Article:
The 10 weirdest Toronto movies of all time
The definitive Toronto movie has yet to be made. While New York enjoys Taxi Driver, and Chicago The Blues Brothers, (hell, even Winnipeg has Death by Popcorn: The Tragedy of the Winnipeg Jets), Toronto's film scene has yet to produce an iconic, undisputed masterpiece which captures the pure un-distilled essence of the city.
That said we certainly have no shortage of weird movies. Since the entire oeuvre of Canadian film has been summed up succinctly with the title Weird Sex & Snowshoes, it should come as no surprise that Toronto has contributed a lion's share of odd, offbeat and just plain bananas films into an already crowded field of nuts.
Since our national consciousness deems a majority of Canadian film and TV ephemera unworthy of celebration, many of these films remain lost in a black hole of cultural amnesia, copyright hell or snobbish embarrassment, our everlasting shame.
Here's a list of what might be the weirdest Toronto movies of all time.
There is no greater film illustrating Toronto's ongoing psychological struggle with identity crisis than Denis Villeneuve's Enemy.
Coming across outwardly as a Cronenberg horror movie remixed by David Lynch by way of Michael Snow (which itself is enough of a reason to submit), Enemy can be read any which way you can, making it the ultimate weird Toronto movie. That final shot!
Lots of '80s kids fondly remember Nelvana's cartoon series My Pet Monster, while even more probably recall its ear-wormy theme song. A very select few know of the live action movie.
Yes, it all started here with this sinister children's movie about a class trip to a Toronto that turns into a nightmare when lowly school kid Max is transformed into a monster. Yannick "Detective Murdoch" Bisson stars as Max's older brother.
Whether rabidly adored or violently loathed, no one can deny Scott Pilgrim is pretty much unlike *anything* else (other than its source graphic novels, of course).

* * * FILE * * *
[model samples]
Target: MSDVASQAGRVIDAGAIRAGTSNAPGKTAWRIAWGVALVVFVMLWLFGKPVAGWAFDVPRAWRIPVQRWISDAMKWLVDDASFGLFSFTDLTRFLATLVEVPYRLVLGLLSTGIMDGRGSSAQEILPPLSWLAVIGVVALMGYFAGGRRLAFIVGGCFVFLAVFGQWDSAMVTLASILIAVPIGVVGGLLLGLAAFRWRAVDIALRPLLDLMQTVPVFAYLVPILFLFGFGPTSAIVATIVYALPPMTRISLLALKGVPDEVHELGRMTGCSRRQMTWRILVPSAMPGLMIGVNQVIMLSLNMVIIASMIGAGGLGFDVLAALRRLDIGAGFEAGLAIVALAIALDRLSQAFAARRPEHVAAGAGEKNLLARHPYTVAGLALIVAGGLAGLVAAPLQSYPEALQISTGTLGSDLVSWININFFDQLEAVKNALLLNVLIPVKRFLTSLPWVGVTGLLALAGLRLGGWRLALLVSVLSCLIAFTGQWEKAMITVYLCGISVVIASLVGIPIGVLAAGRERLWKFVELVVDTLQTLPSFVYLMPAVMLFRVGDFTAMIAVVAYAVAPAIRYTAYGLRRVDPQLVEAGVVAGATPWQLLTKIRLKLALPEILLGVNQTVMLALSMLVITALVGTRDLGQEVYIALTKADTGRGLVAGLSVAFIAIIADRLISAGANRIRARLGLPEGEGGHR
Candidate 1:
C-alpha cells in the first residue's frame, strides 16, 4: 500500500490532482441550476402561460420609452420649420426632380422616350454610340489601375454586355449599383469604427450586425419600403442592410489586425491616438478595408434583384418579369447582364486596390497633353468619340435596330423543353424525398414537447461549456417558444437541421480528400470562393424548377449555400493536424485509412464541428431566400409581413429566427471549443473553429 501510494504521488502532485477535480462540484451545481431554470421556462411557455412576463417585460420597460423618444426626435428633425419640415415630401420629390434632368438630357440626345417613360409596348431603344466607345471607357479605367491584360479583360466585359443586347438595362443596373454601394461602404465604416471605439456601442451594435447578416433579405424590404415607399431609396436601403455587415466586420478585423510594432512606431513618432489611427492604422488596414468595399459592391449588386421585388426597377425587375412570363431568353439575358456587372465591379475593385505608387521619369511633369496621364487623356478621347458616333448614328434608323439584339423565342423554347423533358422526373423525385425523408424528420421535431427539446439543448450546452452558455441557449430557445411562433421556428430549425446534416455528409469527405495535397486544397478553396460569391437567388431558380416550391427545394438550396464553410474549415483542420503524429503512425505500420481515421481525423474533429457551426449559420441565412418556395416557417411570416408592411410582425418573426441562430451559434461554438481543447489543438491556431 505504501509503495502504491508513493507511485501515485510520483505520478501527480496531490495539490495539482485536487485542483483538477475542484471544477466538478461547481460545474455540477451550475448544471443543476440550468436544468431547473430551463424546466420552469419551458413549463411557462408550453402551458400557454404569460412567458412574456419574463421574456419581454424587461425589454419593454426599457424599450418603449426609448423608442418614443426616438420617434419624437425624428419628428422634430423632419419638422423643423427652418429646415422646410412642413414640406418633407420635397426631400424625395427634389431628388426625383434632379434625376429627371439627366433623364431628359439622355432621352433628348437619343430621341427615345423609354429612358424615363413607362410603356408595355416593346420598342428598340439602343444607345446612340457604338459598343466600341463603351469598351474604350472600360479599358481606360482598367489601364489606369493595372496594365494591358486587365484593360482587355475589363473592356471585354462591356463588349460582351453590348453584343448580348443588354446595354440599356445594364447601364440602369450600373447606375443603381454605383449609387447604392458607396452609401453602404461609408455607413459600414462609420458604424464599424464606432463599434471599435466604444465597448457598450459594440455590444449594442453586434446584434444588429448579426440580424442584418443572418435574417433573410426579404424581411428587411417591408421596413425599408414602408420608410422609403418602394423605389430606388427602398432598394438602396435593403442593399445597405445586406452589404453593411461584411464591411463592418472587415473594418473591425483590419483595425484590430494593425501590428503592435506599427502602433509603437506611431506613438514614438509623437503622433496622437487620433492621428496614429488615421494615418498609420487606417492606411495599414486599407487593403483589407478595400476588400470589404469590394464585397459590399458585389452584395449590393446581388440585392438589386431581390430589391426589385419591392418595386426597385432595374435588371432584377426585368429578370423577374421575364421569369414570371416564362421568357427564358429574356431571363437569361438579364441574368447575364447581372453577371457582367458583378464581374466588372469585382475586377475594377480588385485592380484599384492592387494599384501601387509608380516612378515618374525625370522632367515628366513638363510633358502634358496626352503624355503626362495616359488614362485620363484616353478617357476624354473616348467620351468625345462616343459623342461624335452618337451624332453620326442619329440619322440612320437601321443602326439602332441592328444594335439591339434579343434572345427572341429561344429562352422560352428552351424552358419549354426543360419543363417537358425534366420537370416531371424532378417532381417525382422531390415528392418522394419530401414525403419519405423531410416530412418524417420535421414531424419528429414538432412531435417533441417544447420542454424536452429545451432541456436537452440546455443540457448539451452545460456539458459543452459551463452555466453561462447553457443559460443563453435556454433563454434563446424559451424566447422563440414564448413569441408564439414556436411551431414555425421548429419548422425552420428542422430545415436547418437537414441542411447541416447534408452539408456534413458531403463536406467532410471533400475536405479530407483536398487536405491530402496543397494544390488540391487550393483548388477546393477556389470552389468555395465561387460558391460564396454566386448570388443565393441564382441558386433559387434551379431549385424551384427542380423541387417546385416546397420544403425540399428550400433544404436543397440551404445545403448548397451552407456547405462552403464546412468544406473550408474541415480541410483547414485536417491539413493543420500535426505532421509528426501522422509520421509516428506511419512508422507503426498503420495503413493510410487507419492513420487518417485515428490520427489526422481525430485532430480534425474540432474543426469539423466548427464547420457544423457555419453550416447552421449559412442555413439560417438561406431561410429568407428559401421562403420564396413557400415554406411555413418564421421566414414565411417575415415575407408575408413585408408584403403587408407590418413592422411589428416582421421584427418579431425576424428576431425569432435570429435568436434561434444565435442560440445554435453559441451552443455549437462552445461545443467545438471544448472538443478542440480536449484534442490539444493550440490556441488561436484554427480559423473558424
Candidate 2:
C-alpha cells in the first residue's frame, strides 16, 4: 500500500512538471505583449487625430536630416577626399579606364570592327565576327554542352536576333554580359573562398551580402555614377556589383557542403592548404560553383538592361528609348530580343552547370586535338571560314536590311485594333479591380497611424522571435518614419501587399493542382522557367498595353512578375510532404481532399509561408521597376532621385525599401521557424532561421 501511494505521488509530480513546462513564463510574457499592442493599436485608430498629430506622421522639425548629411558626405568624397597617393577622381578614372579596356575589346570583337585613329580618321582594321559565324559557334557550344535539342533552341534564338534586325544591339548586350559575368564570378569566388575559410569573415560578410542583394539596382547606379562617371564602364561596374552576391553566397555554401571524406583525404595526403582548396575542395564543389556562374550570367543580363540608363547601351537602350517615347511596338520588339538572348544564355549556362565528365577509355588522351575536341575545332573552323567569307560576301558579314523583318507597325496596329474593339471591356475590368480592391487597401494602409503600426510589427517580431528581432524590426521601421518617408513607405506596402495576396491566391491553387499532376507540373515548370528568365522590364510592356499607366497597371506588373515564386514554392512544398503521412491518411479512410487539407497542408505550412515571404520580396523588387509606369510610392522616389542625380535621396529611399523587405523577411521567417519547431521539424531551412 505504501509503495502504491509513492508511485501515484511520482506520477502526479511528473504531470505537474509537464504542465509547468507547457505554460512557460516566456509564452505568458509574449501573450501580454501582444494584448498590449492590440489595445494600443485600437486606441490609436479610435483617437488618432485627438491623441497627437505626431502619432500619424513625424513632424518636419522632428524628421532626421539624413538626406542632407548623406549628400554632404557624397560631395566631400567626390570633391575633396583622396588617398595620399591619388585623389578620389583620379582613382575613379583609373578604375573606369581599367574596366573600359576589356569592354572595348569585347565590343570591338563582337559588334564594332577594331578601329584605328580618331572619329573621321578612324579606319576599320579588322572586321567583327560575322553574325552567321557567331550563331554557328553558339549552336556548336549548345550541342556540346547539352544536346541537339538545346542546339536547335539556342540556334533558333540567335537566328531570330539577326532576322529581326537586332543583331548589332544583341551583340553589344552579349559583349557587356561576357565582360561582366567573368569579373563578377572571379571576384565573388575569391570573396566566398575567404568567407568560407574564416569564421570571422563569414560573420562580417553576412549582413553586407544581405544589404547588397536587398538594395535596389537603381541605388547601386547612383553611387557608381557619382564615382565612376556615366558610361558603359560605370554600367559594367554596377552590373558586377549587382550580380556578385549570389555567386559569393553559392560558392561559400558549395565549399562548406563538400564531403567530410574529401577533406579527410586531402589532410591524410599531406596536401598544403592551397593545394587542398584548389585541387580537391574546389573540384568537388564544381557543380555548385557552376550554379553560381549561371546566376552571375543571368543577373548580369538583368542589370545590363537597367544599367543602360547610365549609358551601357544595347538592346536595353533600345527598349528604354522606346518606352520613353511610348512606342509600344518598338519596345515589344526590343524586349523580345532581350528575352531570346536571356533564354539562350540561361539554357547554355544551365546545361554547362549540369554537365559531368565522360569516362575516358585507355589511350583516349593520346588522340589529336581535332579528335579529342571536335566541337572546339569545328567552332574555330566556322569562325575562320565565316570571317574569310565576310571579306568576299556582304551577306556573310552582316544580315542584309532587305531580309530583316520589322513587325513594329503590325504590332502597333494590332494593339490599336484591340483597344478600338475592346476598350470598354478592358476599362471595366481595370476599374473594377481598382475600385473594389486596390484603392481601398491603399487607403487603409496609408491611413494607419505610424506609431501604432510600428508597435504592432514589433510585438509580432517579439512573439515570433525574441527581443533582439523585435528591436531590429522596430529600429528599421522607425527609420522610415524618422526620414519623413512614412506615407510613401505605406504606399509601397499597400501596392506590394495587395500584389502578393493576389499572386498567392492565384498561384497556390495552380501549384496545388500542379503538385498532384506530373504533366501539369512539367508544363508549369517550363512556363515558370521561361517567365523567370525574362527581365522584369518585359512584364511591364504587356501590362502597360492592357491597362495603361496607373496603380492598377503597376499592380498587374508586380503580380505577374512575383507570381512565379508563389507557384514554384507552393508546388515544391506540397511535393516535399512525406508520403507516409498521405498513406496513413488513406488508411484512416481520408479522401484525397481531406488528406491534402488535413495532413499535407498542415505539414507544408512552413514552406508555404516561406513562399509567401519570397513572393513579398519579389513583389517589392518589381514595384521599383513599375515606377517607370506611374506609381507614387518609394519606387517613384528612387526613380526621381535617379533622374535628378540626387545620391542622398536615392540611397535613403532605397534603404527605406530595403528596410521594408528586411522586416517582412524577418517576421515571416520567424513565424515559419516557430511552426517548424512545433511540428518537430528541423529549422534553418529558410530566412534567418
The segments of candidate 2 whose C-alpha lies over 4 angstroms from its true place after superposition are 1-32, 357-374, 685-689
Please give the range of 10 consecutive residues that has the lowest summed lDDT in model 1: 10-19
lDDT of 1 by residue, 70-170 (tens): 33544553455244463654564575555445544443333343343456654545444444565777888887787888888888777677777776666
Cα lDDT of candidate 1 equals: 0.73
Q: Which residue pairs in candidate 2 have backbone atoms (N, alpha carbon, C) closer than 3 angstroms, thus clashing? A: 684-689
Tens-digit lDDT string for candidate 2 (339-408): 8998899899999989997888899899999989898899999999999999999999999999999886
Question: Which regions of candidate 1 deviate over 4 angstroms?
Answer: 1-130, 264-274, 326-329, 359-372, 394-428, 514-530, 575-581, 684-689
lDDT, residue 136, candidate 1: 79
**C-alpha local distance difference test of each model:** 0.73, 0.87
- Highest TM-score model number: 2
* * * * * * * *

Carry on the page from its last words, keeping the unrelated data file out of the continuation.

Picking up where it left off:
You'd be hard pressed to find a bigger, geekier valentine to Toronto, which is pretty cool because in the hands of a lesser director that may not have been the case.
Mostly memorable for featuring a graphic, blood splattered rat attack on TTC patrons, this gory B-movie (directed by Robert "Enter the Dragon" Clouse) also features Spadina's Golden Harvest Theatre coming under attack from Dachshunds in rat costumes.
Burned out Toronto writer J.D Baird encounters his own fictional characters who have inexplicably come to life via a computer disk, including the villainous Kenrick who steals the disk and decides to re-write J.D's story.
Highlights include a truly loony career defining turn from the always reliably bonkers Michael Ironside, who plays Kenrick with the type of unhinged gravitas usually reserved for Shakespeare's Henry V.
Gritty psychological drama with stalwarts Elliot Gould and Christopher Plummer at their absolute peak, pressing the question as to why no one ever made a movie like this again.
Gould plays a meek bank teller who becomes the target of Plummer's rage when he rips off his mark. Also stars a very young John Candy, and features a messy bank robbery at the Eaton Centre committed by Santa.
Shooting for something akin to Stanley Kubrick's Lolita, Circle ends up more like a local episode of To Catch a Predator, with the once dignified Burton coming across as a lecherous old nonce preying upon a helpless young girl. Why was this made, and dare we ask, for whom?
According to Canuxploitation.com, Psycho Pike (aka Psychopike), is "a film that haunted the minds of at least a handful of young Canadians who most likely discovered it via an article in a 1992 issue of Cottage Life magazine, a breezy puff piece that details production on the film accompanied by a still of a man with his head caught in the mighty jaws of a pike puppet."
Never commercially released, the film remains a hot topic online where a Facebook fan page has since descended into arguments between people who made this horror film and those desperately trying to attain a copy.
A frightening un-sanitized visit into the poorest neighbourhoods of Toronto via the gang-scene circa 2000s, quasi-documentary The Real Toronto only qualifies as weird due to the fact that it portrays a side of Toronto rarely seen.
More than 15 years after its notorious debut as a bootleg DVD sold in the back of record stores, it remains a YouTube sideshow.
Our city's most prolific director David Cronenberg has created a canon of challenging, unique and often grotesque movies which seem to be broadcasting from the dark recesses of a distinctly Torontonian weltanschauung.
Nothing in his catalogue, however, has come close to matching macro curio Crash. Like a bleak winter's fever dream, the Toronto witnessed in Crash is a bitterly cold, neurotic staging ground for sexual evolution via automobile accidents (and that's really just the window dressing).
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